By now, you've probably amassed many notes and ideas for your argument, but you may be wondering how to sort and organize this material into an essay. The following pattern, which gives the traditional Latin names for each section, may help. Like the thesis/support pattern, it offers a basic structural framework that can be modified for various writing contexts. The essential parts include the Introduction, Statement of the Case, Proposition, Refutation, Confirmation, and Conclusion.


(Exordium)--Draw your reader into the argument. Build common ground. Establish your tone and style. Establish your credentials. Clarify why the issue is important. Build ethos. See also the suggestions for Introductions and Conclusions in Thesis/Support Essays.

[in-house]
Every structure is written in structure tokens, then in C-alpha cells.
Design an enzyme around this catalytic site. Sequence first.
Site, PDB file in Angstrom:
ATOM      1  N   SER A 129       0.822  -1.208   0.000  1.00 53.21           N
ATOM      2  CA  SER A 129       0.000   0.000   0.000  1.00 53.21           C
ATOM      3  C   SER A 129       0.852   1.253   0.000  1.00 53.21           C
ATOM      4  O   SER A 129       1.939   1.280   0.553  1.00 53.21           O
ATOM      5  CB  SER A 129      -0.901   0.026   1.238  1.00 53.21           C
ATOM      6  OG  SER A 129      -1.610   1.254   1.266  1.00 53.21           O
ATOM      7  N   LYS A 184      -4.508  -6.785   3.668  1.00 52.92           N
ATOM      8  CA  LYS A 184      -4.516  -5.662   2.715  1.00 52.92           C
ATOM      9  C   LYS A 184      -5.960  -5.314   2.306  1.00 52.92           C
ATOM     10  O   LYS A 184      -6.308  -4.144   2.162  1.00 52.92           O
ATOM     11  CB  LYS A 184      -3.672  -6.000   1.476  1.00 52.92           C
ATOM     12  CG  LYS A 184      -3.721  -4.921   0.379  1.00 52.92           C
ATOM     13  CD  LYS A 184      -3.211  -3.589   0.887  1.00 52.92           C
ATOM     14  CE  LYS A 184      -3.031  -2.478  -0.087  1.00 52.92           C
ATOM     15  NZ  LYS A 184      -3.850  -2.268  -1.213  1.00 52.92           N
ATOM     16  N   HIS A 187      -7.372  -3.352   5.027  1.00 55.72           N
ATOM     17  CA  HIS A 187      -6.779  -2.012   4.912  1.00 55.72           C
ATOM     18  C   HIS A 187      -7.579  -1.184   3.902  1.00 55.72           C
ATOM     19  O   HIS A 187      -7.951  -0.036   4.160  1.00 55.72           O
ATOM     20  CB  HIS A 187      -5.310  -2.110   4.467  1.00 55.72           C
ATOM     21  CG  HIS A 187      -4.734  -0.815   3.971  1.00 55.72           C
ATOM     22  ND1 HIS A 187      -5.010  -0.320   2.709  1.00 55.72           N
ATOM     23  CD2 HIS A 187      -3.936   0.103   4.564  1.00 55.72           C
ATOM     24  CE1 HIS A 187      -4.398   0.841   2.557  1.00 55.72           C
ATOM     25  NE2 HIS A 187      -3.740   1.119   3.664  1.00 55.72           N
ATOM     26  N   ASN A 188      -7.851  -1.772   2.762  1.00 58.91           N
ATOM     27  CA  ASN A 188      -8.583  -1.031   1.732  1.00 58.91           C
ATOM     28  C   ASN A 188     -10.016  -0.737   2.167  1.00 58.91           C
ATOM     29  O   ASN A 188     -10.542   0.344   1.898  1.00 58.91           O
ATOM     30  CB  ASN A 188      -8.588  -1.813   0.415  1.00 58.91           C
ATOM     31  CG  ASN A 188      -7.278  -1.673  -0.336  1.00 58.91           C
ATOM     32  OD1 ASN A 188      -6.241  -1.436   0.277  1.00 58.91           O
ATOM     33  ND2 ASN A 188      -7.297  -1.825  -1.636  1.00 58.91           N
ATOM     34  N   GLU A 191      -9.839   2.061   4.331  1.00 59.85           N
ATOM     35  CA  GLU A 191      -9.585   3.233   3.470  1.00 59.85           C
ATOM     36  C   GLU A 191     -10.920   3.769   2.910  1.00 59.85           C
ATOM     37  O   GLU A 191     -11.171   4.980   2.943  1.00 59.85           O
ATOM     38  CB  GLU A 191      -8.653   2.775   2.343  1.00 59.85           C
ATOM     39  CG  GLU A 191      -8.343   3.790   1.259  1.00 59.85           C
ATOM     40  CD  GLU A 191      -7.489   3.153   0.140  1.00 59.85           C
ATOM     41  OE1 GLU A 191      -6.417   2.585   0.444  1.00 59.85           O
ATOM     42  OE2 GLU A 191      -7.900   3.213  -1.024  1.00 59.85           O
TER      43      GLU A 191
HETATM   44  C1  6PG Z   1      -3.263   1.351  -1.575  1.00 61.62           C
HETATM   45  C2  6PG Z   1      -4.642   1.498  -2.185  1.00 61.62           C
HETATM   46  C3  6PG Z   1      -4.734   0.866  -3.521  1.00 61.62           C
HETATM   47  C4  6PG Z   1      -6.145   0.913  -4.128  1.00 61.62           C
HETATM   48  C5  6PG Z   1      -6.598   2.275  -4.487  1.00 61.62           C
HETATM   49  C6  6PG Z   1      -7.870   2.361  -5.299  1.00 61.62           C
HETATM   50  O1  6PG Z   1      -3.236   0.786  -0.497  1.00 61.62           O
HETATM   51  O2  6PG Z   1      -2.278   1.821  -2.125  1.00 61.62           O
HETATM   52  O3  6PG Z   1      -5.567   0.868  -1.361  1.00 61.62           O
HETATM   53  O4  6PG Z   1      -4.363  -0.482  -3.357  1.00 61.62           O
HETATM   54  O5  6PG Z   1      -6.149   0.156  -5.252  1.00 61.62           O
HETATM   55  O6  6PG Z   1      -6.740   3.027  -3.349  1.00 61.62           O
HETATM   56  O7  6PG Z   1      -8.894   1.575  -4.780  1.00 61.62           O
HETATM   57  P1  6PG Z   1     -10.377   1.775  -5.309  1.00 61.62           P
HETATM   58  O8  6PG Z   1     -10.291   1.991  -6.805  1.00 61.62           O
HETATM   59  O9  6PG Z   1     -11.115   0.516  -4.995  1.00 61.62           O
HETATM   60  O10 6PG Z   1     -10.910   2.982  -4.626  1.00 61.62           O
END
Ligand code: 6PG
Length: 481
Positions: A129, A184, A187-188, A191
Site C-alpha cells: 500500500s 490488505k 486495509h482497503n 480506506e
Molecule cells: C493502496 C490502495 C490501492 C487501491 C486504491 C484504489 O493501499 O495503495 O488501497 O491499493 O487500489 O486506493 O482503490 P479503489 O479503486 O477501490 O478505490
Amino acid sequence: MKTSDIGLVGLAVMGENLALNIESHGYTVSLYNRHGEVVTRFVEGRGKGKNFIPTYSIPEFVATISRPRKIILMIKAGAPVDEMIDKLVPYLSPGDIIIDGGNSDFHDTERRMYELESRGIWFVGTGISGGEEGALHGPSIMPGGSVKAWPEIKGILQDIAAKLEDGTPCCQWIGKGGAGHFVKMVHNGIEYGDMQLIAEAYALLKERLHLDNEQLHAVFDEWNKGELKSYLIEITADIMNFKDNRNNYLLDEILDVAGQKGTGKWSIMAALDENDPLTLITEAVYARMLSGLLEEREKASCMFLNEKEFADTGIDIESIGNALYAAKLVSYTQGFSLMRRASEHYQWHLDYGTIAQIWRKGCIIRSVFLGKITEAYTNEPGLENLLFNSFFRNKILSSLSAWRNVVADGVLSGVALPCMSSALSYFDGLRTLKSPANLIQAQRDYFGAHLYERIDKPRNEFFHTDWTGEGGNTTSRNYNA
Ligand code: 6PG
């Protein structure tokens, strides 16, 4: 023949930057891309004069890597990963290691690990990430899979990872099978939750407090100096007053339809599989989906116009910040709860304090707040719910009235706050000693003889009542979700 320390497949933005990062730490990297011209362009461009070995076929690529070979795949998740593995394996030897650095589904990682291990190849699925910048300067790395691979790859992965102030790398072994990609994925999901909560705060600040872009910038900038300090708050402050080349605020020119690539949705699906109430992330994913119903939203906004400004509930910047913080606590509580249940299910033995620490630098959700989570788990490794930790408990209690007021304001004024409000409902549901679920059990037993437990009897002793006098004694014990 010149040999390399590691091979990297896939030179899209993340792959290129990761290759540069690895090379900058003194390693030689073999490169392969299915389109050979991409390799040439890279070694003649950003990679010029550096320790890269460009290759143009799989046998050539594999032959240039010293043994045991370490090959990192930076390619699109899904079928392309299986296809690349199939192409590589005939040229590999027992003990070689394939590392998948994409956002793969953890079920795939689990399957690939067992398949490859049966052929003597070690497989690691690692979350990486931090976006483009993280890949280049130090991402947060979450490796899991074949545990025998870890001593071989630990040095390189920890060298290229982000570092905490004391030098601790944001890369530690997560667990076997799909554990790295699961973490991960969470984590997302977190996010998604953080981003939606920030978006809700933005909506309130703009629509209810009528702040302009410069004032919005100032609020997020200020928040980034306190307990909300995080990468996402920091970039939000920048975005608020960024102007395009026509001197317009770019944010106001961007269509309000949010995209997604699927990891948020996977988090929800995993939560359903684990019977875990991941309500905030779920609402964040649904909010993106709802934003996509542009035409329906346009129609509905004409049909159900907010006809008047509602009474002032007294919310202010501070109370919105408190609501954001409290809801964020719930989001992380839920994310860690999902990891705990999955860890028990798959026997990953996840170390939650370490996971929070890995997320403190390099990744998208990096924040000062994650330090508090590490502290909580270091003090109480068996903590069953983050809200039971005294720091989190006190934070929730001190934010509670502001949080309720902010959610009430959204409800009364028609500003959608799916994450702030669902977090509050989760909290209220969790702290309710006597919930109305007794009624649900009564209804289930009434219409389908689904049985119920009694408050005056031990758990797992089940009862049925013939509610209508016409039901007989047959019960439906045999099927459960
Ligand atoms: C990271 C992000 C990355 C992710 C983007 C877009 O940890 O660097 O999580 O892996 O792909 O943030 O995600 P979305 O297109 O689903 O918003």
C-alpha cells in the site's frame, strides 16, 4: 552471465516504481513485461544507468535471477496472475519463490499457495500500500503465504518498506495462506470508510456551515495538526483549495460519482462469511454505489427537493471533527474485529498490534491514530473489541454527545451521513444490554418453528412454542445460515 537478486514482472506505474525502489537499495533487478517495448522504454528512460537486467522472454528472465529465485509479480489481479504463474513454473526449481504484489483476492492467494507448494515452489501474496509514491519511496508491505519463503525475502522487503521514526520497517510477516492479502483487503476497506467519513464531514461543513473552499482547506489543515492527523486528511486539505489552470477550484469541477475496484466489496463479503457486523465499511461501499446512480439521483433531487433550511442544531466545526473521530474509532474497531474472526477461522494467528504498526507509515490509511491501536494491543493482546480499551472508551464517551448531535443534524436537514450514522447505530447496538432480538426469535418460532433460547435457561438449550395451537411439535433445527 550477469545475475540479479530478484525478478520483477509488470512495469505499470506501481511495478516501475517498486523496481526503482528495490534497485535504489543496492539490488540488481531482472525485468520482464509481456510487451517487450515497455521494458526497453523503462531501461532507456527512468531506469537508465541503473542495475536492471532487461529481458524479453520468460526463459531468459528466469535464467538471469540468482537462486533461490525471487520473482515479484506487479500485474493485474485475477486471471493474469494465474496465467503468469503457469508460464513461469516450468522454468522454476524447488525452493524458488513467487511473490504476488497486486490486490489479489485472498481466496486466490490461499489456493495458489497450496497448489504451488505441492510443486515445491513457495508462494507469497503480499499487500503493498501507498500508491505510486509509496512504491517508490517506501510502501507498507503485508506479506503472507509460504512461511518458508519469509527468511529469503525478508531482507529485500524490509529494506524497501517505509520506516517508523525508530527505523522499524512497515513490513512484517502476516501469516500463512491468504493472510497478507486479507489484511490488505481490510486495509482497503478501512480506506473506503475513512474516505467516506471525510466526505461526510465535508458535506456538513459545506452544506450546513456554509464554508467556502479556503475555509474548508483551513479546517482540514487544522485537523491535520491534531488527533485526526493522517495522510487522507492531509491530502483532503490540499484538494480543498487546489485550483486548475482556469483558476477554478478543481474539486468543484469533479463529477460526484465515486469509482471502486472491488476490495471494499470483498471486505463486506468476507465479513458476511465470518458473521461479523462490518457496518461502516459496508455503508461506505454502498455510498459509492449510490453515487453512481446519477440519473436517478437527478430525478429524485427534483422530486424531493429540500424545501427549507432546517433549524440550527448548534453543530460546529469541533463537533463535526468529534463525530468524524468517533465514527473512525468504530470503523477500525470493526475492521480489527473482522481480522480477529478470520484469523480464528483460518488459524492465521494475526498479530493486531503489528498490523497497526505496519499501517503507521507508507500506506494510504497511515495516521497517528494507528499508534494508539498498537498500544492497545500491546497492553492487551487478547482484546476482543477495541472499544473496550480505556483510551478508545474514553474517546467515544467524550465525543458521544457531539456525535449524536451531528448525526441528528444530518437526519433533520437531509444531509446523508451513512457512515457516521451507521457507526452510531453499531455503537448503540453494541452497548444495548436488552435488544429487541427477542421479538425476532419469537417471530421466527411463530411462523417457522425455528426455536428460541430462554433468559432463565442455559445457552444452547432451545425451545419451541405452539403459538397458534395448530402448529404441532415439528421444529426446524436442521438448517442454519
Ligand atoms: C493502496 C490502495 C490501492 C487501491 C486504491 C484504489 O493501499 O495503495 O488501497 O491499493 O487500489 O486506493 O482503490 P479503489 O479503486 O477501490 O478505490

Statement of the Case

(Narratio)--Tell the story behind the argument. Give any necessary background information. Illuminate the situational context. Clarify the issue. Characterize and define the issue in terms that are favorable to your point of view.

Proposition Statement

(Propositio)--State your central proposition. Present it carefully, much as you would the Thesis in a Thesis/Support Essay. You may also want to set up your readers' expectations by forecasting important sub points (Divisio) that will be considered.


(Refutatio)--Examine and refute opposition arguments. Wherever possible expose faulty reasoning. The following questions will help you spot some frequent ways in which people violate the basic principles of clear thinking.

1. Does the evidence truly warrant the general conclusions that the opposition has drawn?